This thread caught my eye, and I thought I'd join in. I'm a self-taught acoustic guitar player. Many years ago, I played 12 string guitar. I picked up my first Gibson at age 9. (I'm dating myself here--this was the early 70's! lol!). I still have the Gibson, but it was damaged beyond repair. I have no formal training, and I can't even read music, but I love to play. Several years ago, I bought a Martin acoustic. It was a once in a lifetime purchase--$800.00, and took me 10 months to pay it off. Unfortunately, it was stolen when our house was robbed, and I didn't play again until I recently bought another acoustic. So, I'm trying to build up the callouses again, and rediscover the pleasure I had in playing.
    I hope I can learn a few things from this thread! I have a lot of catching up to do! :)
     
  16. James Hart

    James Hart Super Member Verified Member ECF Veteran

    Sep 15, 2010
    toms_river.nj.us
    I typed up a book of a history and the server choke as I posted....

    Anyway, I'm 43 been playing bass since 1980... play a 4, 5 and 7 string fretted as well as a fretless 6 and an upright bass. I also play sax, keys and guitar... but always from the point of view as a bassist. I also play with tubes and hope to get started building and selling my own design of tube heads (long time dream I've been working to make happen)
     
  17. DaveP

    DaveP PV Master & Musician ECF Veteran

    Supporting member
    May 22, 2010
    Central GA
    The times were never better for self taught players, especially guitar and bass. The internet (especially you tube) is full of free instructional materials from beginner to advanced. Catching up is easier than it used to be.
     
  18. DaveP

    DaveP PV Master & Musician ECF Veteran

    Supporting member
    May 22, 2010
    Central GA
    We've all had a post get lost lately. There's some server issues that are to be resolved soon. The board has over 50,000 members and is doubling every year, according to admin. Tip: do a CTRL-A (select all) then a CTRL-C (copy selected) periodically while you are typing your post. If it gets lost, you can create a new post and do a CTRL-V (paste) to put all that lost text into your new one. IF you do that, you lose nothing if the server burps.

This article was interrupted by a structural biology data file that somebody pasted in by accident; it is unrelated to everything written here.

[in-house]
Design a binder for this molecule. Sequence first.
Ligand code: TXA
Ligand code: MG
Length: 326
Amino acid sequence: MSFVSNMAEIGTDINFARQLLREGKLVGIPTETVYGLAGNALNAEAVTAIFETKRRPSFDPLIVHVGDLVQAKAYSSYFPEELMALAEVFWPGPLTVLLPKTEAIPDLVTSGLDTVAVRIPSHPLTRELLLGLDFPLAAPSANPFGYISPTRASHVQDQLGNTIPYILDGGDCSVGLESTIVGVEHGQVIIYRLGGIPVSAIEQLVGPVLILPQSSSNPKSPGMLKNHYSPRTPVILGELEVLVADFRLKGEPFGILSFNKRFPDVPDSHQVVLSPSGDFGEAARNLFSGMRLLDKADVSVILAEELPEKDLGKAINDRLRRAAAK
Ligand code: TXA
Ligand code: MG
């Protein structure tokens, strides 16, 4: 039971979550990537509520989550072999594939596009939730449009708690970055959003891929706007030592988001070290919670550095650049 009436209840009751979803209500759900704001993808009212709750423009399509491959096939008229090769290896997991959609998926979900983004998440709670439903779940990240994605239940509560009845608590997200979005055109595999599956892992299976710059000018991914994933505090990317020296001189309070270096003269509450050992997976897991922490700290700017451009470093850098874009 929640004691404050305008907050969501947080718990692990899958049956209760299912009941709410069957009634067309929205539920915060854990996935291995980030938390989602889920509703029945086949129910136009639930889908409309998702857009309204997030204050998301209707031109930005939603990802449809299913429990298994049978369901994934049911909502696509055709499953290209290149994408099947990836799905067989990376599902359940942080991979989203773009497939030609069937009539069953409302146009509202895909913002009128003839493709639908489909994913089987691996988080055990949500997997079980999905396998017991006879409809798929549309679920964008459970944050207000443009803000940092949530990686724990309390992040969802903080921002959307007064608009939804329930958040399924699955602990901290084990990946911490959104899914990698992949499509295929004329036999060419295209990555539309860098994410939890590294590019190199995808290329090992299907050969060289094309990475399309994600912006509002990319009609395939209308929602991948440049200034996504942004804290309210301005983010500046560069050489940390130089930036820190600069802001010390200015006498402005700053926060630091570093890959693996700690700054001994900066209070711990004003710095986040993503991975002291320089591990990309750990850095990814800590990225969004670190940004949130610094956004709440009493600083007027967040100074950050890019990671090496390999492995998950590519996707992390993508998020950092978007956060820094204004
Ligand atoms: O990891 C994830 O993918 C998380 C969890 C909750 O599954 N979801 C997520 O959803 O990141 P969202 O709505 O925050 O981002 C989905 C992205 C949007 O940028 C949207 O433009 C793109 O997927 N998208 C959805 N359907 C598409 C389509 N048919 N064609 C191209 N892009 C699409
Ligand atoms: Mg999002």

We have a lot of bass players here. Tube amps are making a serious comeback, also. There should be some people here interested in talking about tubes, biasing, and such. I'm about to replace the 6L6s in my 60 watt Peavey. I'm told that KT66s would be a good tone upgrade, so that's what I plan to order.
     
  19. James Hart

    James Hart Super Member Verified Member ECF Veteran

    Sep 15, 2010
    toms_river.nj.us
    yes but there are a LOT of bad to completely wrong instructional videos on youtube as well... but I still wish I was 12 and just starting to learn bass in this age.

    simple and actually something I do regularly... of course my original post attempt was one of the times I forgot :)

    I know a few are here because of my pimping vaping on huge bassist forum I use to mod at... I was shocked to see all the bassists in this thread. Most non music forums with this type of OT thread it's usually all guitar and key players (at least in my experience).

    Have tube amps ever not been the go to amps for guitarists? I know modeling has come a LONG way in recent years, but a good tube rig is an extension of the player... yeah I'm biased :)

    My design has a 2 channel pre, both run parallel and are blendable. One side based on an EF86 preamp tube and the other a 6SL7... each with it's own unique EQ. For power I've got 3 twin tube designs based on the KT66, KT88 and KT120.
     
  20. DaveP

    DaveP PV Master & Musician ECF Veteran

    Supporting member
    May 22, 2010
    Central GA
    Tubes have always been the favorite of most musicians. We all recognize that little edge that tubes provide. I like the tone and the feel of a good tube amp. I also like the even order distortion of tubes. Transistors are just too clean at times and distort with some strange harmonics unless you have a SS pedal that filters the harmonics to make them palatable. The Tube Screamer is my favorite distortion pedal.

    OTOH, SS amps go for years and decades without high failure rates. Tubes require additional cash outlay every couple of years. Some of us think tubes are worth it and others don't care enough to deal with maintenance.